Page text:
London: The truth about Brexit

In the four months since the Brexit vote, there have been plenty of predictions and statements, many of which have been based on emotion rather than fact, taken out of context or just inflammatory.

I have heard otherwise respectable people express (or repeat) complete nonsense about Brexit. A senior banker in a major European city, for example, told me Britain had made it 'virtually illegal' for EU citizens to do business in London.

Speculation about something so important is, at best, dangerous. In an effort to cut through the hysteria and half-truths, it is important to keep an eye on the facts. 
1 London is almost four times the size of the next largest city in the EU. You have to combine Berlin, Paris, Madrid, Rome and Barcelona to match its population. With that size comes economy, scale and importance as a market and trading partner.

2 London is a global city first, and a European one second. It competes with New York, Tokyo and Hong Kong, not Brussels and Rome.

3 The English language dominates international business. I was recently at a tech event which devolved into a heated discussion over whether the new EU business language would be French or German. Meanwhile, I was chatting to two Romanians and a Portuguese contact, in English…

4 Britain will continue to lead the EU innovation culture. Some statistics have suggested the brain drain into London will stop in favour of Berlin, Paris or Dublin. It may be the case that some of Europe's bright sparks will now think twice before heading to London, but the UK tech sector will remain dominant for too many reasons to list, including a highly favourable tax regime, a legal system that works and the necessary components of a vibrant tech ecosystem in place, such as leading finan-ciers and advisors.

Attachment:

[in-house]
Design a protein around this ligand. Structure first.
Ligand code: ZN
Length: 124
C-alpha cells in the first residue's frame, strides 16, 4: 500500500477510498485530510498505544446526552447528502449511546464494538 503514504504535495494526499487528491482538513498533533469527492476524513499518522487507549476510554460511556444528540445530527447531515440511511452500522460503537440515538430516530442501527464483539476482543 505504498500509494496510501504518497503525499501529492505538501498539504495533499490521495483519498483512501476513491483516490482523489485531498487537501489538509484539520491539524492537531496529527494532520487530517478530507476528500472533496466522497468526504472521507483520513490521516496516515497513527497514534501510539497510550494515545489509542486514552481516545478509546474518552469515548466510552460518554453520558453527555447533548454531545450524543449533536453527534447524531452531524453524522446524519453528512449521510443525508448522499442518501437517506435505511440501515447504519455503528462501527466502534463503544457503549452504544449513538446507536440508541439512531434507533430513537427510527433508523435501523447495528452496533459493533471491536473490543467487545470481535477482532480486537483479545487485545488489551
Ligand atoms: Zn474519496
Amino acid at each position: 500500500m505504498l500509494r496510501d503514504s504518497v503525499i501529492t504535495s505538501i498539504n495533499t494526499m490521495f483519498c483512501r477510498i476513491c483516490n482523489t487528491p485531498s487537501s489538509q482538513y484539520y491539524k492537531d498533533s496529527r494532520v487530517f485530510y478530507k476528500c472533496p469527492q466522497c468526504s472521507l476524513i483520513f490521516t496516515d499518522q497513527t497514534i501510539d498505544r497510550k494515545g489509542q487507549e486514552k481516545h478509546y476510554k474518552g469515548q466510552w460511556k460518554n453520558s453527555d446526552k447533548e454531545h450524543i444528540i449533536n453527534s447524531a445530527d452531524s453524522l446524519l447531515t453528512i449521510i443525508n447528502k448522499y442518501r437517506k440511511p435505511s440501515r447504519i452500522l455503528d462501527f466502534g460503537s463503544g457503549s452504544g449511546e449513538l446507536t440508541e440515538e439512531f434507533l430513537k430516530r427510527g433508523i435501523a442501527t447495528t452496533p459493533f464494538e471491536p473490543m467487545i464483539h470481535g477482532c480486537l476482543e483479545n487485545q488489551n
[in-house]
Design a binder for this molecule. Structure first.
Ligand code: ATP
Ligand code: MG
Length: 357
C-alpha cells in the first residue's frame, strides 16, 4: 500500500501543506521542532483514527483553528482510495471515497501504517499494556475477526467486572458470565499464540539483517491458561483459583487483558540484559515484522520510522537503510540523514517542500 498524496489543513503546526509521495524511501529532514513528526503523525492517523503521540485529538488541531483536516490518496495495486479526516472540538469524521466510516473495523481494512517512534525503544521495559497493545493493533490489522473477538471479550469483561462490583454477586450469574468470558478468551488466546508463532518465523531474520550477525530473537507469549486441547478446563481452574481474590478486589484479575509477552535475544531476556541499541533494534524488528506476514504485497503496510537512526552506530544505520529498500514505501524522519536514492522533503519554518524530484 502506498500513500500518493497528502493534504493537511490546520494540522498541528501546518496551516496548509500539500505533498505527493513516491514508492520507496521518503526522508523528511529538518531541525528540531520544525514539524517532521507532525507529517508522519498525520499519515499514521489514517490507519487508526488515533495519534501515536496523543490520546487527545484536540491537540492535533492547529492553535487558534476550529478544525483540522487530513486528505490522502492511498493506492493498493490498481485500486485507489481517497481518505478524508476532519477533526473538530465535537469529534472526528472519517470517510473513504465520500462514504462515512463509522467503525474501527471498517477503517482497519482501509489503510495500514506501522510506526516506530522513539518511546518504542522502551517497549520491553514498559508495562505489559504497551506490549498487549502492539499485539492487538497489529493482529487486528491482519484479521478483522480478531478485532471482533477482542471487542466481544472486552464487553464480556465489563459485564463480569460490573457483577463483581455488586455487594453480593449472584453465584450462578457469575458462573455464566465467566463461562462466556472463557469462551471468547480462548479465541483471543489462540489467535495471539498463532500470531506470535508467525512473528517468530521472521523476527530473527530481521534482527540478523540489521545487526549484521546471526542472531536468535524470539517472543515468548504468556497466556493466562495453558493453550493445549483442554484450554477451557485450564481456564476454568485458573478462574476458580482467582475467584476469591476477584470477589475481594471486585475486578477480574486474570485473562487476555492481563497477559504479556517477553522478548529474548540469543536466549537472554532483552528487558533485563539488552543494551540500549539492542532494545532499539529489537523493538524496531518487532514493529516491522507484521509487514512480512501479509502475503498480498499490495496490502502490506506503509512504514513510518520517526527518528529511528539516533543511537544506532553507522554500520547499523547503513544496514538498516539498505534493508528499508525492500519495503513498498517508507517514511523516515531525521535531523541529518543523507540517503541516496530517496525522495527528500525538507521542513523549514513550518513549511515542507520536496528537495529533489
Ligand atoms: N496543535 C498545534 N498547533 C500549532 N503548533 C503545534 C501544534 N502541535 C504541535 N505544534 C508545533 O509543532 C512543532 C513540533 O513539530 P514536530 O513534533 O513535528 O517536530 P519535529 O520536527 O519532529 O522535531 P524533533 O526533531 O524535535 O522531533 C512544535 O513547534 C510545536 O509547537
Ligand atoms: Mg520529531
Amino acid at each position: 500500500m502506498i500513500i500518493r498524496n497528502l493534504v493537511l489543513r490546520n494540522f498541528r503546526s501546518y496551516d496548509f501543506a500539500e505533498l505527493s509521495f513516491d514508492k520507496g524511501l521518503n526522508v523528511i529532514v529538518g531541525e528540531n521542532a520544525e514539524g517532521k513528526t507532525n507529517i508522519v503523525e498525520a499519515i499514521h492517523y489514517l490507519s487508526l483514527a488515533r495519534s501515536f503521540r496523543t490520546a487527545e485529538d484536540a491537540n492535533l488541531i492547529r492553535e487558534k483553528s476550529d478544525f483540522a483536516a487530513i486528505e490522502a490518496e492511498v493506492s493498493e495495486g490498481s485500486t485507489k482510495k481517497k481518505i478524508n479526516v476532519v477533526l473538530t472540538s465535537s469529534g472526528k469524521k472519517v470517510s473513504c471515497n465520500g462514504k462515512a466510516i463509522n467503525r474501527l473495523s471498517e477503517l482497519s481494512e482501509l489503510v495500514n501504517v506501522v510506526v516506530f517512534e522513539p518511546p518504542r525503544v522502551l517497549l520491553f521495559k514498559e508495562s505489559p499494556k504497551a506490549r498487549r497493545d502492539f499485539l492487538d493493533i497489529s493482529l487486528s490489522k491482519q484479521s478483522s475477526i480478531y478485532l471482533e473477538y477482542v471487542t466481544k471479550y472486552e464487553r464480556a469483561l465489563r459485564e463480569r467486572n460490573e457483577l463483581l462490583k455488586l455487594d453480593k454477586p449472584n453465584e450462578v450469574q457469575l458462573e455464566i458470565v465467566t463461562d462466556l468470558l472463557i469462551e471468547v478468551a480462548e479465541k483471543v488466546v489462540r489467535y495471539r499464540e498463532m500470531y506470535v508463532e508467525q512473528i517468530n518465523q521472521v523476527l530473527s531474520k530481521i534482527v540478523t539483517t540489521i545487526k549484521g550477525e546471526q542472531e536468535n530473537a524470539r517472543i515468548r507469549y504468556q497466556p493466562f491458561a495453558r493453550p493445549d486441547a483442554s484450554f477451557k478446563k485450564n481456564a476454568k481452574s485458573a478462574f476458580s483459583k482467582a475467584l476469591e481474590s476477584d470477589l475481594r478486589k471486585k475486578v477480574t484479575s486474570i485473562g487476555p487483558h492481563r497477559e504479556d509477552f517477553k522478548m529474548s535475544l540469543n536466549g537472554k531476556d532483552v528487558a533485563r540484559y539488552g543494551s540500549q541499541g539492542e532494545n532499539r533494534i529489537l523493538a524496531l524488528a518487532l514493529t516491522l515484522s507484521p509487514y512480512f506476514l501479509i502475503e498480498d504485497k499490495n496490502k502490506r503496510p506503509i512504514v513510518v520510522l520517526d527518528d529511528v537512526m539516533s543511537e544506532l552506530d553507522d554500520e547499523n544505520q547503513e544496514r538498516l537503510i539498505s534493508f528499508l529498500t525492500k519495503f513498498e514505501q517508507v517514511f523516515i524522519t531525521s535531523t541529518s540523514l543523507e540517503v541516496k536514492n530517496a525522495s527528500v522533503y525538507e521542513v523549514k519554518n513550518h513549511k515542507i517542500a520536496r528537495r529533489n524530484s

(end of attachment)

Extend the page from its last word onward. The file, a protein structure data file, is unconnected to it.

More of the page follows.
5 Infrastructure is important. People complain about Heathrow, but flying into any EU city is worse. There are endless strikes from air traffic controllers and baggage handlers. Besides, if everyone leaves: where are they going to move to, which schools will their children attend, which roads will they drive along? It is hard to imagine Frankfurt's four English-speaking high schools housing all the London exiles' children…

6 Greenwich Mean Time and the international date line aren't moving. The location of the world's clock was a stroke of brilliance by the UK. Five hours to New York is feasible, six less so. Nine hours to San Francisco? Tougher still.

7 Where's the alternative? An American private equity professional based in the UK told me the day after the vote that he was thinking of packing his bags. I asked where he planned to move to instead – back home? “Gosh, no”. Was it Spain, Greece, Poland, France, Germany? “No, those don't tick my bucket list.” He quickly concluded that, in or out, the UK was just fine.

I was one of the 48 percent on the wrong side of the vote, but democracy is paramount and it is important to look forwards not backwards. I feel confident the future will be full of promise for the UK, in or out.